Arnie always promised he’d be back, and we always believed in him. But then he went into politics, passed the gauntlet on to the likes of Jason Statham and The Rock and vanished, only to reappear in snippets of Sly Stallone’s Expendables films.
Now, aged 65, Arnold Schwarzenegger is back once more, the lead in a boisterous action movie with a threadbare plot. The more things change… eh?
The Last Stand sees Arnie play Ray Owens, the inexplicably Austrian sheriff of the US/Mexico border town Sommerton. Ray is, of course, a former top narcotics agent who saw too much bloodshed in LA, and has opted for peaceful retirement. No such luck.
After a daring escape, cartel godfather Gabriel Cortez (Eduardo Noriega) flees the FBI in Las Vegas, headed for the border in the world’s fastest car. His goons have already set up a temporary bridge across the gorge that separates Sommerton from Mexico, but the Feds aren’t expecting him to make the crossing there. So it’s up to the aging sheriff and his motley crew of hick cops and volunteers to protect the desert town from the mercenaries and impede Cortez’s getaway.
With a plot that simple, you’d hope The Last Stand could spice things up with plenty of action and comedy, but chances are you’ll be disappointed. The action comes in weak jolts until the eponymous last stand (more on that shortly), and almost all of the one-liners fall flat, revealing the half-heartedness of Andrew Knauer’s script. But if you can stick with it to the final act, action fans will be rewarded.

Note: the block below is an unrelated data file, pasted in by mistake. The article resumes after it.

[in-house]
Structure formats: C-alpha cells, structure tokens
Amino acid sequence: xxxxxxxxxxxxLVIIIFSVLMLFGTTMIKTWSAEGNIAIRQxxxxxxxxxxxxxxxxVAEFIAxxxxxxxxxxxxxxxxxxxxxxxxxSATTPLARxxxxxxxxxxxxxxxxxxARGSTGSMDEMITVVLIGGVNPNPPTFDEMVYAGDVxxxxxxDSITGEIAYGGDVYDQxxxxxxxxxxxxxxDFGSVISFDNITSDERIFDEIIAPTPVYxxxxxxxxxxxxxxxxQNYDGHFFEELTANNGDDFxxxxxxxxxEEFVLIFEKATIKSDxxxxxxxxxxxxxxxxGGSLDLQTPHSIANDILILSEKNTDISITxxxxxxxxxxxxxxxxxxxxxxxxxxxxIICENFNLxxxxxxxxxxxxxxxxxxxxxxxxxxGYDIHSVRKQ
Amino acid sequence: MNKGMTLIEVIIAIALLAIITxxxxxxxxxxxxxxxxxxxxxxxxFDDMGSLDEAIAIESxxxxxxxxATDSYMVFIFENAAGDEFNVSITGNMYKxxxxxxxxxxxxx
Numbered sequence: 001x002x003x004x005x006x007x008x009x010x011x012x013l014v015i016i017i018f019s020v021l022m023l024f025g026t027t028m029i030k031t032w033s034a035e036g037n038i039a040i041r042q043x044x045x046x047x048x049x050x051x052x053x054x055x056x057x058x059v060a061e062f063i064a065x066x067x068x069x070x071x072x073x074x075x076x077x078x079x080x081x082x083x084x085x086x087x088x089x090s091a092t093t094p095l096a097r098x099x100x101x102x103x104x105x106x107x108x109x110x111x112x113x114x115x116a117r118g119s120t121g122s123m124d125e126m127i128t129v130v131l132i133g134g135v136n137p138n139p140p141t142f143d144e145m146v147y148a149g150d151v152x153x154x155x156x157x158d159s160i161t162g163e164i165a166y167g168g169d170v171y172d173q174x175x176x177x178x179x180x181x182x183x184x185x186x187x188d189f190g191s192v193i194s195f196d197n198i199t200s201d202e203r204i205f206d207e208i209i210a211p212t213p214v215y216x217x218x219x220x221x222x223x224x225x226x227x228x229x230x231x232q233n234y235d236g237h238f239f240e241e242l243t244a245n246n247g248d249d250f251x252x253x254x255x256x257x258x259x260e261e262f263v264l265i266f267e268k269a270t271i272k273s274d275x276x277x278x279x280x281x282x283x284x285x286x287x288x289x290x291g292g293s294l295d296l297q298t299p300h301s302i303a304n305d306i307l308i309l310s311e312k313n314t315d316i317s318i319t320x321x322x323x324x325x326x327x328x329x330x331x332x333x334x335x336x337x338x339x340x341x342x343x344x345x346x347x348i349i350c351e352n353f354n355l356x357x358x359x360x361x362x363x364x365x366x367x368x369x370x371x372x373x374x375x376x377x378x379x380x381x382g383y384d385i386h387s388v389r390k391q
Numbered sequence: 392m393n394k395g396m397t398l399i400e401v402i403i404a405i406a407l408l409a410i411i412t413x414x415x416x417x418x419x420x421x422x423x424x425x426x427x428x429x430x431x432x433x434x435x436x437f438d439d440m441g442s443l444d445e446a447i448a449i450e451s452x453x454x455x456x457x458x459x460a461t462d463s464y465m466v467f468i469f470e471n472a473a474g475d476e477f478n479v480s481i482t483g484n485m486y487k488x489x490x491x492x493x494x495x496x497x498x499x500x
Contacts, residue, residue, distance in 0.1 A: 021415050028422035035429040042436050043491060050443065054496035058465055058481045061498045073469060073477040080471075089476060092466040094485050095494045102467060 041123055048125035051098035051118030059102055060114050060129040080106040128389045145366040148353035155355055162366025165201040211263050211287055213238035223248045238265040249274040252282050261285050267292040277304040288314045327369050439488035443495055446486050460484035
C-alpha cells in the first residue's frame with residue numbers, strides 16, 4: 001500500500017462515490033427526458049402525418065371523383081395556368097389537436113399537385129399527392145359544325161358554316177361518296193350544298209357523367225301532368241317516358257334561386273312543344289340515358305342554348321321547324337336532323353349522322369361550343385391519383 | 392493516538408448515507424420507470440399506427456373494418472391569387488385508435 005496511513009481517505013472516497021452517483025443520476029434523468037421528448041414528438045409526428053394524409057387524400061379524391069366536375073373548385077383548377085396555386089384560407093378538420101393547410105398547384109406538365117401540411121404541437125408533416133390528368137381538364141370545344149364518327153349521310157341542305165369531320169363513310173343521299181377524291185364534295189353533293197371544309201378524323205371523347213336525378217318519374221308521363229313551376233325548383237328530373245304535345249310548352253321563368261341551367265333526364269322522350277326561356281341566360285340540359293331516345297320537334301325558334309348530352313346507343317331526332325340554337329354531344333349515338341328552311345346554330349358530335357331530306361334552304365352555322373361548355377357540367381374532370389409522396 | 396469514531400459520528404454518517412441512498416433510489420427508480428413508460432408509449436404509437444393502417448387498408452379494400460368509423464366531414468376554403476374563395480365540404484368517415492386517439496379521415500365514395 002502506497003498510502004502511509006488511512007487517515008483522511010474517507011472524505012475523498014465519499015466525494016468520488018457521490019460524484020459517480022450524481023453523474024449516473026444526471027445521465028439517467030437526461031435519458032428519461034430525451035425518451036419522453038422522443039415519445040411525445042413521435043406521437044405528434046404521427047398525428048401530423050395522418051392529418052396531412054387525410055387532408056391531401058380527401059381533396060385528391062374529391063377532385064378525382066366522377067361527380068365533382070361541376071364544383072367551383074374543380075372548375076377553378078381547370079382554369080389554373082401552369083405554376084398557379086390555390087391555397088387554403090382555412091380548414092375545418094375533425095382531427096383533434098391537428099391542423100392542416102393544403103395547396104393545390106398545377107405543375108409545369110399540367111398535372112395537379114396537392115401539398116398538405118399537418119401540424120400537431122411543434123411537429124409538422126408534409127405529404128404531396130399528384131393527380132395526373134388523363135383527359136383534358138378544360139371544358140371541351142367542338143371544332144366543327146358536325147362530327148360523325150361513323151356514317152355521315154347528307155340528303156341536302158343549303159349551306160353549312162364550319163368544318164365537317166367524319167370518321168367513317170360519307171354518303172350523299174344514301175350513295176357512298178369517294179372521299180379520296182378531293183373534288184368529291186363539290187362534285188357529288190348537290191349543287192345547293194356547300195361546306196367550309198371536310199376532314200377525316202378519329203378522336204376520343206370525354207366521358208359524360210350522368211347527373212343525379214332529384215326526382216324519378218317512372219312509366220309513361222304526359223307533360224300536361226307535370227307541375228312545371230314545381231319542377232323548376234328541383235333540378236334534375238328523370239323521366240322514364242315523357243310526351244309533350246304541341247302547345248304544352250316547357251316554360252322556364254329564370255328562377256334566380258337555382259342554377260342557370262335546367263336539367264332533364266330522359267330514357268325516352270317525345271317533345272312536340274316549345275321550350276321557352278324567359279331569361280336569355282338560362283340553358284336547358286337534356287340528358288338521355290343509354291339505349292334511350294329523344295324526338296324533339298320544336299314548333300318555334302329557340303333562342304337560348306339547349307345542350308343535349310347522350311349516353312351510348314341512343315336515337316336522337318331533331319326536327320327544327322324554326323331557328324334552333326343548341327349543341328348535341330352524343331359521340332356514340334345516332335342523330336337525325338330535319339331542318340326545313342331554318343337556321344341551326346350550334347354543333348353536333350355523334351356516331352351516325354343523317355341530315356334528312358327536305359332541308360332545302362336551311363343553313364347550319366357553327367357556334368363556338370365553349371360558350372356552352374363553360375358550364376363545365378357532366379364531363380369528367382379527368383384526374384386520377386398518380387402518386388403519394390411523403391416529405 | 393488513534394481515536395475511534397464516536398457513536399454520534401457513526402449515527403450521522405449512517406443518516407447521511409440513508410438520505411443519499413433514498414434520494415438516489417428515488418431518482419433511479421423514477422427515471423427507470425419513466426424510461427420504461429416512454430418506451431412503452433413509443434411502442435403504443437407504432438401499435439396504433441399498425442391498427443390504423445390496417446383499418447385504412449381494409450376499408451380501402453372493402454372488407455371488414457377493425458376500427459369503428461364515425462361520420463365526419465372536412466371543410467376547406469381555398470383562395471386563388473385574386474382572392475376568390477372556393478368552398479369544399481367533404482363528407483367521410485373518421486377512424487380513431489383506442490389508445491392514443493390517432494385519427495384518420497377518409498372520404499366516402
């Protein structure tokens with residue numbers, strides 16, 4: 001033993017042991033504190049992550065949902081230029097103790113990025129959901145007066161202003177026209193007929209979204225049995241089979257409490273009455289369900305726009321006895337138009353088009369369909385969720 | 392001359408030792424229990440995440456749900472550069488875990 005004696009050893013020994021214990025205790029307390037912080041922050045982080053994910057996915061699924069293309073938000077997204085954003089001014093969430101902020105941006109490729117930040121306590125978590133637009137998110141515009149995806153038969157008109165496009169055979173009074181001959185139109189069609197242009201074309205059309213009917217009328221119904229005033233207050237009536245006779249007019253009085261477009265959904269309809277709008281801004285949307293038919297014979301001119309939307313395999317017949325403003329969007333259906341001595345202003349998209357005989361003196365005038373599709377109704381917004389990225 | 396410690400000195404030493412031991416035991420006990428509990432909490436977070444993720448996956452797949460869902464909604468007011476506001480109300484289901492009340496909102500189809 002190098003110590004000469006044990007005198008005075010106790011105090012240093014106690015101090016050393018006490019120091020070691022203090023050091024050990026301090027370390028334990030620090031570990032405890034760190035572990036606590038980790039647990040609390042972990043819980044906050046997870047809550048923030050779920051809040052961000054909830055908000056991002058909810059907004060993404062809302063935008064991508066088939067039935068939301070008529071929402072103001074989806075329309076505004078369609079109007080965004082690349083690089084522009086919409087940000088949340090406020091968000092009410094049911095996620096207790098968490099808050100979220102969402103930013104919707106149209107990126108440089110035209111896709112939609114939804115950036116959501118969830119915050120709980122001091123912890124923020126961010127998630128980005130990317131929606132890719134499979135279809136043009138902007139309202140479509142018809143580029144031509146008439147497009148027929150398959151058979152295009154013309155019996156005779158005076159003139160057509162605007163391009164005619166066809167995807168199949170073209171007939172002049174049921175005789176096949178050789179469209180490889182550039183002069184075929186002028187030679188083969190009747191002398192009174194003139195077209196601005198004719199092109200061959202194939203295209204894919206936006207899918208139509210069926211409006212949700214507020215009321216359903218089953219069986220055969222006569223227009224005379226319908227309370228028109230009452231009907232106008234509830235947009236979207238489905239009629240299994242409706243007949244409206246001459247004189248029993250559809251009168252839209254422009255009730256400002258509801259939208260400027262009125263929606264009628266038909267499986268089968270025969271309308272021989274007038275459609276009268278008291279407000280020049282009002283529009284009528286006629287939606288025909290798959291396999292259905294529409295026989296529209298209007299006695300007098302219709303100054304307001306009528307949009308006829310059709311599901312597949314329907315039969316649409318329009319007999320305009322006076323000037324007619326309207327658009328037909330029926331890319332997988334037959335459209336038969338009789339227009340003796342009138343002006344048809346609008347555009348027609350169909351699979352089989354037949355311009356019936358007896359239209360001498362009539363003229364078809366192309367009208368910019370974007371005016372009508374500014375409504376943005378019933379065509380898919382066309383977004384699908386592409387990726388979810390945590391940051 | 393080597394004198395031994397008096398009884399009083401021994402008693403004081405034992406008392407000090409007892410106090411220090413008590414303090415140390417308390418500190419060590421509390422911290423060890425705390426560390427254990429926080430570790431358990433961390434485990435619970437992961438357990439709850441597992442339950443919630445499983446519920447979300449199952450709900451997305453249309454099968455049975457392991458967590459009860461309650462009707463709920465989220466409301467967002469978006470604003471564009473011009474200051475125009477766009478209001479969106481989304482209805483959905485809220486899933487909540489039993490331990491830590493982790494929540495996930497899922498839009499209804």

The English language debut of Kim Ji-woon, the Korean director of the demented comedy Western The Good, the Bad, the Weird and the excellent thriller I Saw the Devil, The Last Stand’s finale is a fine shoot ’em up setpiece. There are some excellent kills in the vein of Good, Bad, Weird, including the most gloriously brutal use of a flare gun since Dead Calm, and there’s enough humour playing on Arnie’s age to earn a few good giggles. The final showdown between Ray and Cortez is thrilling, as the two play a game of cat and mouse in a cornfield, before a punch-up that sees Arnie’s sluggish strength match the villain’s weaker but more sprightly frame.
Arnie, looking a little too much like a wax model of himself with terrible hair plugs, has command of the unchallenging role, although the dreadful one-liners give him no chance to use the comedic muscles he used to flex so well. Noriega is your bog-standard ethnic villain, but Peter Stormare really cranks it up a notch as his malicious number 2.
Forest Whitaker slums it shamelessly as the FBI chief on Cortez’s trail, while Luis Guzmán gives it just the right amount of silly as Ray’s deputy. Harry Dean Stanton appears all too briefly in a typically fine cameo, while Génesis Rodríguez is in there, somewhere, you probably won’t notice. She’s awful. In the film’s biggest surprise, Johnny Knoxville is actually quite entertaining (or at least not annoying) as local gun-nut Lewis, who supplies the heroes with their heavy firepower in the tradition of the greatest of all desert town defence movies – and no, I don’t mean Rio Bravo, I mean Tremors!
Formulaic to the last, The Last Stand is passable action fluff, but certainly a disappointment when Ji-woon’s past career is taken into account. At the very least, it’s proof that Arnie’s still got it. Of course, at no point in The Last Stand does he utter the immortal line “I’ll be back”, so this time we can’t be sure he will be. With disappointing box office turnout around the world, hopefully this won’t come to be Arnie’s actual last stand. That would be the biggest disappointment of all.
(originally published at http://www.filmireland.net)